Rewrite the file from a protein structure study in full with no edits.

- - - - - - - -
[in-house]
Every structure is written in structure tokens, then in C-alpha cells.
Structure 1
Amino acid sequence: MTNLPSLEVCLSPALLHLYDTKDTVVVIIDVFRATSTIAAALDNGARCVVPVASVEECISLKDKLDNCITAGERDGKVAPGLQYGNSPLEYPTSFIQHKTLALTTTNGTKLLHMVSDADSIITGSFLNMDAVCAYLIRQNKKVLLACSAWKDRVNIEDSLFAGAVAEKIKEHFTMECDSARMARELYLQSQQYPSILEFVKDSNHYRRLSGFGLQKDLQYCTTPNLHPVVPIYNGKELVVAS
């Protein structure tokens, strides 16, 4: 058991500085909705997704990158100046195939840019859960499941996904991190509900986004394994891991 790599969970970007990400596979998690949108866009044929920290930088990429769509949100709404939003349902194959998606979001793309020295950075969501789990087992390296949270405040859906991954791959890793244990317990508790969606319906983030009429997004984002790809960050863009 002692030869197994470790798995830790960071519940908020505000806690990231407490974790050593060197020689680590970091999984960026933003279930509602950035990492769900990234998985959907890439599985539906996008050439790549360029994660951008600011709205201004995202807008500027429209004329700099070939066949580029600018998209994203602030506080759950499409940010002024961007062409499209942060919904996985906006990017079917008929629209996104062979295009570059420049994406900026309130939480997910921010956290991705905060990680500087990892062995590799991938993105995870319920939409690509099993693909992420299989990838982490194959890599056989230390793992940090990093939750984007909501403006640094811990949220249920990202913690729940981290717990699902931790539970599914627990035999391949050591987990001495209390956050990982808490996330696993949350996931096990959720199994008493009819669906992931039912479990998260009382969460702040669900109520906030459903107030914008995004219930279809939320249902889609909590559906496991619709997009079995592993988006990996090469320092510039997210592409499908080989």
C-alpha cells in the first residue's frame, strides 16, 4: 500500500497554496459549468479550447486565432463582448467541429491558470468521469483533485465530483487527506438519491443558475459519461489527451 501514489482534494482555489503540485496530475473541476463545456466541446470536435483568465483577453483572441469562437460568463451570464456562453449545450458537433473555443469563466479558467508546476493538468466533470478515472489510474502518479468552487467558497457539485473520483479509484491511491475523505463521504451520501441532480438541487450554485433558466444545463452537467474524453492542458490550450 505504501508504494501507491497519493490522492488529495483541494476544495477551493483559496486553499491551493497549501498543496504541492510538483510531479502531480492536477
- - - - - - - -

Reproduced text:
[in-house]
Every structure is written in structure tokens, then in C-alpha cells.
Structure 1
Amino acid sequence: MTNLPSLEVCLSPALLHLYDTKDTVVVIIDVFRATSTIAAALDNGARCVVPVASVEECISLKDKLDNCITAGERDGKVAPGLQYGNSPLEYPTSFIQHKTLALTTTNGTKLLHMVSDADSIITGSFLNMDAVCAYLIRQNKKVLLACSAWKDRVNIEDSLFAGAVAEKIKEHFTMECDSARMARELYLQSQQYPSILEFVKDSNHYRRLSGFGLQKDLQYCTTPNLHPVVPIYNGKELVVAS
């Protein structure tokens, strides 16, 4: 058991500085909705997704990158100046195939840019859960499941996904991190509900986004394994891991 790599969970970007990400596979998690949108866009044929920290930088990429769509949100709404939003349902194959998606979001793309020295950075969501789990087992390296949270405040859906991954791959890793244990317990508790969606319906983030009429997004984002790809960050863009 002692030869197994470790798995830790960071519940908020505000806690990231407490974790050593060197020689680590970091999984960026933003279930509602950035990492769900990234998985959907890439599985539906996008050439790549360029994660951008600011709205201004995202807008500027429209004329700099070939066949580029600018998209994203602030506080759950499409940010002024961007062409499209942060919904996985906006990017079917008929629209996104062979295009570059420049994406900026309130939480997910921010956290991705905060990680500087990892062995590799991938993105995870319920939409690509099993693909992420299989990838982490194959890599056989230390793992940090990093939750984007909501403006640094811990949220249920990202913690729940981290717990699902931790539970599914627990035999391949050591987990001495209390956050990982808490996330696993949350996931096990959720199994008493009819669906992931039912479990998260009382969460702040669900109520906030459903107030914008995004219930279809939320249902889609909590559906496991619709997009079995592993988006990996090469320092510039997210592409499908080989």
C-alpha cells in the first residue's frame, strides 16, 4: 500500500497554496459549468479550447486565432463582448467541429491558470468521469483533485465530483487527506438519491443558475459519461489527451 501514489482534494482555489503540485496530475473541476463545456466541446470536435483568465483577453483572441469562437460568463451570464456562453449545450458537433473555443469563466479558467508546476493538468466533470478515472489510474502518479468552487467558497457539485473520483479509484491511491475523505463521504451520501441532480438541487450554485433558466444545463452537467474524453492542458490550450 505504501508504494501507491497519493490522492488529495483541494476544495477551493483559496486553499491551493497549501498543496504541492510538483510531479502531480492536477